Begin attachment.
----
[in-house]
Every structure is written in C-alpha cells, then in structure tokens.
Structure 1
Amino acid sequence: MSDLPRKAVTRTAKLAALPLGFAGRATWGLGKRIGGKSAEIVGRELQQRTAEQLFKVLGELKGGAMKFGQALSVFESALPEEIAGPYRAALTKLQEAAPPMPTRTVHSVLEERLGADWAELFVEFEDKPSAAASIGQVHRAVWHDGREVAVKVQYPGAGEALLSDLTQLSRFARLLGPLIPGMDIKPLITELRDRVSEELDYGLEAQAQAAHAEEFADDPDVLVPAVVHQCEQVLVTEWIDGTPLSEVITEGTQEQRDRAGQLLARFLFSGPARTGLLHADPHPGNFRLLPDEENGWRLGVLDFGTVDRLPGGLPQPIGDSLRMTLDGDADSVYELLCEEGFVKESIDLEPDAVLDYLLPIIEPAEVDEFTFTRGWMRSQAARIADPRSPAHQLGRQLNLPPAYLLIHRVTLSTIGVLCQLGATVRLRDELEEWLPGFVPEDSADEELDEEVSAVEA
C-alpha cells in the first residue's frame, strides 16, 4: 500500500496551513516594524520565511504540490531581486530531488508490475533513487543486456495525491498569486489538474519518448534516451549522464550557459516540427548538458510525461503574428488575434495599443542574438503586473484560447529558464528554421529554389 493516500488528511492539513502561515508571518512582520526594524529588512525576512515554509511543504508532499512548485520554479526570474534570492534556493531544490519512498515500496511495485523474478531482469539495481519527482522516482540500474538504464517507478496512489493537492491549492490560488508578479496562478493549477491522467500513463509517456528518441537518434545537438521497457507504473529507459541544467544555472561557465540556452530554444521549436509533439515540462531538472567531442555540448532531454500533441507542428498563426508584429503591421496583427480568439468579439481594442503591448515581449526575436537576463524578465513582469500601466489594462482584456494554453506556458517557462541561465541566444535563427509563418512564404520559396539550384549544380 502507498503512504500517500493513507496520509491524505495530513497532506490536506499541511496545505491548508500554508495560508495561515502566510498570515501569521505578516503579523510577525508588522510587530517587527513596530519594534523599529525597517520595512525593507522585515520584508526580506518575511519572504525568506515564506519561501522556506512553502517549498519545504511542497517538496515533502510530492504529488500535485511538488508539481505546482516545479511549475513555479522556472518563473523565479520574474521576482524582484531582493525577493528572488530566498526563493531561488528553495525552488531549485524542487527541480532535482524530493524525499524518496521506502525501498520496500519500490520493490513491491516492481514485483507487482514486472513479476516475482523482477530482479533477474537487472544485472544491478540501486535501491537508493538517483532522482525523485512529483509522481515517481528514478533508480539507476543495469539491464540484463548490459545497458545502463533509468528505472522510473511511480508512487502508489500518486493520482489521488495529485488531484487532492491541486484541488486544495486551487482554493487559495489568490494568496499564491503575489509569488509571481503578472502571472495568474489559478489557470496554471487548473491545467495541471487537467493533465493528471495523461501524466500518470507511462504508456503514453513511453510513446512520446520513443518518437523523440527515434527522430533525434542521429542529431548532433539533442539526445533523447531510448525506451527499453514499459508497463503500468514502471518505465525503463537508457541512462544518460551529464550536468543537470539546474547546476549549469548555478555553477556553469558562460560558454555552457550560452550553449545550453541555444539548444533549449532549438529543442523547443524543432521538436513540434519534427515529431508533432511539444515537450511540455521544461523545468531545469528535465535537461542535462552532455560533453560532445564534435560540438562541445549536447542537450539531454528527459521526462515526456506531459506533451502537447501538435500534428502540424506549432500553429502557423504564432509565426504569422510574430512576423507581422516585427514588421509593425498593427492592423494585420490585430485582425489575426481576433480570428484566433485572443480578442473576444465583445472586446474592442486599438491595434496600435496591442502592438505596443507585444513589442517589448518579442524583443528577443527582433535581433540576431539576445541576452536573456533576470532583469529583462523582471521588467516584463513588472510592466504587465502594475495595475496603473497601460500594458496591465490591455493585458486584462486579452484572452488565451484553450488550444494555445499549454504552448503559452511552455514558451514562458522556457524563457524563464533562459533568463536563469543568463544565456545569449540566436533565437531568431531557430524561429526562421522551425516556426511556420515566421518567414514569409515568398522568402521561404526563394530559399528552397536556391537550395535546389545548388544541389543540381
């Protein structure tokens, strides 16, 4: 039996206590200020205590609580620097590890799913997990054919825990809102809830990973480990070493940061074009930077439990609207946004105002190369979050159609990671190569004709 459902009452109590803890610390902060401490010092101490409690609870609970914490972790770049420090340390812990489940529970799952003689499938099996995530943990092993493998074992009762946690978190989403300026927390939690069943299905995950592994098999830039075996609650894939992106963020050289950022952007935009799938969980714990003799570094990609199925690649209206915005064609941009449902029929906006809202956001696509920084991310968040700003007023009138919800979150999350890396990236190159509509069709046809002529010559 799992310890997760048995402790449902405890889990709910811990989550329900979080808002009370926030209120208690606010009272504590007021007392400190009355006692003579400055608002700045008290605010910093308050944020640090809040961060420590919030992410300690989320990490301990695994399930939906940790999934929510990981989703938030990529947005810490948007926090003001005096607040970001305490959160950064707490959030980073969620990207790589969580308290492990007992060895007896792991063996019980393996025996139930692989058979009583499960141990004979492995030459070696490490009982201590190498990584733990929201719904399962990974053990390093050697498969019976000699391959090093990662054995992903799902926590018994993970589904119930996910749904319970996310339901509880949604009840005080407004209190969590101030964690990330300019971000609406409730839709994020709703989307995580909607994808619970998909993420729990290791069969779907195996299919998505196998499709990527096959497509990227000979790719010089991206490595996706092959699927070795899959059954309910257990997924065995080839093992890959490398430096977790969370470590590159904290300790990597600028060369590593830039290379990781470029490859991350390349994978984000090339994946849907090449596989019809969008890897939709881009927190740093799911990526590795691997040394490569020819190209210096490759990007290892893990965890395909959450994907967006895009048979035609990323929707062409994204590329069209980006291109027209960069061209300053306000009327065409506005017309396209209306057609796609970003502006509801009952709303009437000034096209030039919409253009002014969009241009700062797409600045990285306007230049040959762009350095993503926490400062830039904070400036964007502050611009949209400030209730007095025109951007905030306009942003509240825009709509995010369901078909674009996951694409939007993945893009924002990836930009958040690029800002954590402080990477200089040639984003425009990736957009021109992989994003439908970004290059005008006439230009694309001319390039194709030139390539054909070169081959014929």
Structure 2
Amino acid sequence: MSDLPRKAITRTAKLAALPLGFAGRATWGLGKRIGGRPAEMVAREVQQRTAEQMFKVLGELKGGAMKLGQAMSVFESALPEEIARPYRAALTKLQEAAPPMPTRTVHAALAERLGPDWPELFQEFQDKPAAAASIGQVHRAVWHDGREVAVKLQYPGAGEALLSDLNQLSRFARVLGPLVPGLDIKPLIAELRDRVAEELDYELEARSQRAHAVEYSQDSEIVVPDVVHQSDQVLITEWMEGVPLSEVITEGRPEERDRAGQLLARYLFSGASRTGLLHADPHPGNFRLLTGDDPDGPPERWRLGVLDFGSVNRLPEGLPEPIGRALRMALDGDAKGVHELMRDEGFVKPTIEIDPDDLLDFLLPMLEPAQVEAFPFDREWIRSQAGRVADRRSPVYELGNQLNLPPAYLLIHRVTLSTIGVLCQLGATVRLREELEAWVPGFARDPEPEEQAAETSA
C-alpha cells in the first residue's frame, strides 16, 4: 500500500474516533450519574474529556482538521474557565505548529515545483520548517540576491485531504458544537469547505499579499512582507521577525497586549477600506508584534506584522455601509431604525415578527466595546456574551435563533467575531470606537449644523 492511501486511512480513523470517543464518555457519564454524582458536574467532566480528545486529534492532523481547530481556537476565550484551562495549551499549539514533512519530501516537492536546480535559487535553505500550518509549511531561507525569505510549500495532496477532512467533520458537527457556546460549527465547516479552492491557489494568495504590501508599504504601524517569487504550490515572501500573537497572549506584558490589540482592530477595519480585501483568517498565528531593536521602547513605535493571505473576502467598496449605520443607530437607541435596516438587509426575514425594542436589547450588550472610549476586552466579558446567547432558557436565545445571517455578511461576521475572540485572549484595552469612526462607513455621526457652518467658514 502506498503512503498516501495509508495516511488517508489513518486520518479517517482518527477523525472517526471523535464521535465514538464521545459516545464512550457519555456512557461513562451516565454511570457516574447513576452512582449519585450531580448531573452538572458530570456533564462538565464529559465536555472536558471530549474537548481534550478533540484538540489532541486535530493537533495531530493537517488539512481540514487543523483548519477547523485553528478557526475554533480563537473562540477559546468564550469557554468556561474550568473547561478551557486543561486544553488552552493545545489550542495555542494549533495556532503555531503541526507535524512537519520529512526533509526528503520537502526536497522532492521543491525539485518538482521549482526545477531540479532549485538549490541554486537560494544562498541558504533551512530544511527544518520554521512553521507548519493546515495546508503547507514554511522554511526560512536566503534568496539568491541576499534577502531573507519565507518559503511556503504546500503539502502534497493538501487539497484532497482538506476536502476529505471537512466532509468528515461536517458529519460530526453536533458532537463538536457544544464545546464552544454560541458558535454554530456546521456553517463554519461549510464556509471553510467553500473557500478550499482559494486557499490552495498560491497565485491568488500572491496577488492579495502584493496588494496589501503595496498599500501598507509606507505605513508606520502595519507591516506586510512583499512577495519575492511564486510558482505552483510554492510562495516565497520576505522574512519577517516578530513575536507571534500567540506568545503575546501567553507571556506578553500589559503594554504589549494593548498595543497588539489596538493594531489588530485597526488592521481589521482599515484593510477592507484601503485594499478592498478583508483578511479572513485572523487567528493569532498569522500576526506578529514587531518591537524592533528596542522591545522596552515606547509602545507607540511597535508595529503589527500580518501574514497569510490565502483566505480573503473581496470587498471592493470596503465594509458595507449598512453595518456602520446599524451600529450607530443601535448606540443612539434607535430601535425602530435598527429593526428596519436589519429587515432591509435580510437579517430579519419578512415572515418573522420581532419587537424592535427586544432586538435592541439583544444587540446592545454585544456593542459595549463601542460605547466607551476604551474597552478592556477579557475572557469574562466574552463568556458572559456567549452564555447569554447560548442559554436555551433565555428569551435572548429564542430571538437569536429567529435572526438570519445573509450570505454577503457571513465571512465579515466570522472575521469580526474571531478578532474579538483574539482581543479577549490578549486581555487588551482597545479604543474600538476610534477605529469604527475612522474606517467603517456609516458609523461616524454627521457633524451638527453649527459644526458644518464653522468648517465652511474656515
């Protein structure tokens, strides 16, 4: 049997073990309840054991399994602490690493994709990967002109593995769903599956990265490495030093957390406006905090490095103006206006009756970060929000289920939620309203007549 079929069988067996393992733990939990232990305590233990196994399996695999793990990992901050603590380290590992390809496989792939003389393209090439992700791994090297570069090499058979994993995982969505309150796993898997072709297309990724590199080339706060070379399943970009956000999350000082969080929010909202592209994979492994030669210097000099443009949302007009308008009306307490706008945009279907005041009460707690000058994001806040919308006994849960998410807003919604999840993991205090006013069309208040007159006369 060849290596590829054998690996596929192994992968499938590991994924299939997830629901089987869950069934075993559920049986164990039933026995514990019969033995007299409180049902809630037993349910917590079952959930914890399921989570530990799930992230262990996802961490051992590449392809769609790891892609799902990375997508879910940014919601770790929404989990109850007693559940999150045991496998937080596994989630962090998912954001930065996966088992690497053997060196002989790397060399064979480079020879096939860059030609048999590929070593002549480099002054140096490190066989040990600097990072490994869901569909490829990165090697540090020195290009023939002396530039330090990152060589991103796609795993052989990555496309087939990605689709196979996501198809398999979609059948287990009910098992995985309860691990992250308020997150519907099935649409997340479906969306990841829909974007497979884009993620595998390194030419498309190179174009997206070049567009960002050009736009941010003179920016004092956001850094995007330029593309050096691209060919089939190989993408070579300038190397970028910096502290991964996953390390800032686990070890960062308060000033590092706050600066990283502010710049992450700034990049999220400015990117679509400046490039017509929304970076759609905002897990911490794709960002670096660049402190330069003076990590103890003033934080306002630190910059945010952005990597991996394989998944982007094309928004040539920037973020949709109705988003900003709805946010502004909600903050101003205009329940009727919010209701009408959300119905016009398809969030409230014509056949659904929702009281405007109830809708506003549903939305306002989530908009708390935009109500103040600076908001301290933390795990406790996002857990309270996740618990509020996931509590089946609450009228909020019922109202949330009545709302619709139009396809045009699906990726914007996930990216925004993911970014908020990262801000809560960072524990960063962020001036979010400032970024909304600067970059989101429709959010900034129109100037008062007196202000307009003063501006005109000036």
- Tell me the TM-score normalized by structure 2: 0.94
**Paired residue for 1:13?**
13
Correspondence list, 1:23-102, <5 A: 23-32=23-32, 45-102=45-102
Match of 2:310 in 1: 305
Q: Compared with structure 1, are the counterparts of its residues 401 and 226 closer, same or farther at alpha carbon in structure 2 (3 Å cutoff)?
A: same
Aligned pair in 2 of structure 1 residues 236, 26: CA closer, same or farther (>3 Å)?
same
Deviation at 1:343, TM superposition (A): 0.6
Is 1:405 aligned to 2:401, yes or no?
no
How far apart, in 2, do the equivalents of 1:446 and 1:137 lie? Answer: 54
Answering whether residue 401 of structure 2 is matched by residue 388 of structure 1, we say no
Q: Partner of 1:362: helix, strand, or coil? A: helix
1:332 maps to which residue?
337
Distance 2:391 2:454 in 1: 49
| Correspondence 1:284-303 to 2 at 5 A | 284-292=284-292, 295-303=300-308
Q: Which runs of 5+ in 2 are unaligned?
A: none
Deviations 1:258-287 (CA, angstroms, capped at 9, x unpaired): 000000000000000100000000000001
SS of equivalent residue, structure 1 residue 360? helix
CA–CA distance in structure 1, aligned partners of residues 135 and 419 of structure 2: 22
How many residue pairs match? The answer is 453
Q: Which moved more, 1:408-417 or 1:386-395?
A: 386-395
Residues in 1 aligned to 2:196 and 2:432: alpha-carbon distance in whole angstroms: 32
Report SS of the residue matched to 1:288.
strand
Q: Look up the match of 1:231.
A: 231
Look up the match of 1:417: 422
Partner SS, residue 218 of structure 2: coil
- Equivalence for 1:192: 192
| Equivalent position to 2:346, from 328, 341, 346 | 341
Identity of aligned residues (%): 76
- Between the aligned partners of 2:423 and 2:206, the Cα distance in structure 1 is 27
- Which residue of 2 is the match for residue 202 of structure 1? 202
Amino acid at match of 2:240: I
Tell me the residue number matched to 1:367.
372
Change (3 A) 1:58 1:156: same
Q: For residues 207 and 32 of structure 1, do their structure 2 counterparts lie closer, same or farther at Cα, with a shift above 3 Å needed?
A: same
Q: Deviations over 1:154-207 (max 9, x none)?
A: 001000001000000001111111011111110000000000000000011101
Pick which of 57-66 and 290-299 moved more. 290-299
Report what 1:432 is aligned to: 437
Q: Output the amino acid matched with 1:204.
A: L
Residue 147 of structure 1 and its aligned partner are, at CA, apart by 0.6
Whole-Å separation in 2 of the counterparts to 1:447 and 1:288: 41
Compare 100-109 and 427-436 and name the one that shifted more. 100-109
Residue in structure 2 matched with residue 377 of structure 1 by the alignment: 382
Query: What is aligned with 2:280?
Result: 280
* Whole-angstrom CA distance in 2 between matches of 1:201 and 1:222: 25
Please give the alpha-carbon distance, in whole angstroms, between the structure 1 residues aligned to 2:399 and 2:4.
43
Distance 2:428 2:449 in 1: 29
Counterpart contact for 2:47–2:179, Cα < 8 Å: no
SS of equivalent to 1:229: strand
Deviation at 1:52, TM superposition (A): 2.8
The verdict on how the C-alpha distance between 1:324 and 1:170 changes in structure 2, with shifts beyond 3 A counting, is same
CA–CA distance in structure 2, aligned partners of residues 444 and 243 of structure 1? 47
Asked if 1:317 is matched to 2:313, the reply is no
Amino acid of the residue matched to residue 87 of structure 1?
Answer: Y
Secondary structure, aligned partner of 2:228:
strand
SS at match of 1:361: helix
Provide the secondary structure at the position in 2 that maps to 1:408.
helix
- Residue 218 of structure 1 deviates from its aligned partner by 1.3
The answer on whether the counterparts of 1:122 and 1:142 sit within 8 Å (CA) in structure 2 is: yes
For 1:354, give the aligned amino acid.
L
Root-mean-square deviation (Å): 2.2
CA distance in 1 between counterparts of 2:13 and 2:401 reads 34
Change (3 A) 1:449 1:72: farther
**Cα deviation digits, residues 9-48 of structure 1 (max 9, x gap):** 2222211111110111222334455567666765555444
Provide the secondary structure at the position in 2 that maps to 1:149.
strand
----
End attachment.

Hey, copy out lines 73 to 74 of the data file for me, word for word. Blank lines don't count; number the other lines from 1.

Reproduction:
SS of equivalent to 1:229: strand
Deviation at 1:52, TM superposition (A): 2.8